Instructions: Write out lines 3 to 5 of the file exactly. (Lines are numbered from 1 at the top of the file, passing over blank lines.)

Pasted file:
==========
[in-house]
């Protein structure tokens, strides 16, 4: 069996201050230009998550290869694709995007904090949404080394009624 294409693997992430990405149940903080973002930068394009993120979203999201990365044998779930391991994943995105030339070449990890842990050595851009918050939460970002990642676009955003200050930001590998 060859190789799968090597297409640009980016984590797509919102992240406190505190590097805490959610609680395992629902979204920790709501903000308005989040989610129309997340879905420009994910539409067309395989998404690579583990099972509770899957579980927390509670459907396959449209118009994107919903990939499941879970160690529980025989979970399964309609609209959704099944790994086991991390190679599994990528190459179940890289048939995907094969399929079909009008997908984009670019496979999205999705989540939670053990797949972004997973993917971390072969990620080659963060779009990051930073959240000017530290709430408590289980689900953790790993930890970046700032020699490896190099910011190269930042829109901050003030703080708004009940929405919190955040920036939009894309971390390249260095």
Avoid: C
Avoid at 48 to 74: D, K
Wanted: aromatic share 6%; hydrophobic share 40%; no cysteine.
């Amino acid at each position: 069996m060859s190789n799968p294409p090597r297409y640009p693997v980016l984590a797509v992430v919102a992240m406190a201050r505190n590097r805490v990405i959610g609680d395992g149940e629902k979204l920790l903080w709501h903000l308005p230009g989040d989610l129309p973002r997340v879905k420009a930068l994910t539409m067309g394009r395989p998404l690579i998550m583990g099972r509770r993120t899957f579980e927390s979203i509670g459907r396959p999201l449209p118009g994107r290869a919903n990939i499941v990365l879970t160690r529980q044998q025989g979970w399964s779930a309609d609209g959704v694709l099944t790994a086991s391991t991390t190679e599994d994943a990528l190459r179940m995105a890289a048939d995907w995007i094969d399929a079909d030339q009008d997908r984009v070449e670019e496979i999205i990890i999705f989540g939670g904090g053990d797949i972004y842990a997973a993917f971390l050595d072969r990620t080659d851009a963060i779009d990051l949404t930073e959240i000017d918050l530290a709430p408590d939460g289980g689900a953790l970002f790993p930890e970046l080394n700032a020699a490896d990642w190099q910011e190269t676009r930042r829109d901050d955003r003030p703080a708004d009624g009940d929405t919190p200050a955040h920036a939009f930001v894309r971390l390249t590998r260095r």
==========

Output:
Avoid: C
Avoid at 48 to 74: D, K
Wanted: aromatic share 6%; hydrophobic share 40%; no cysteine.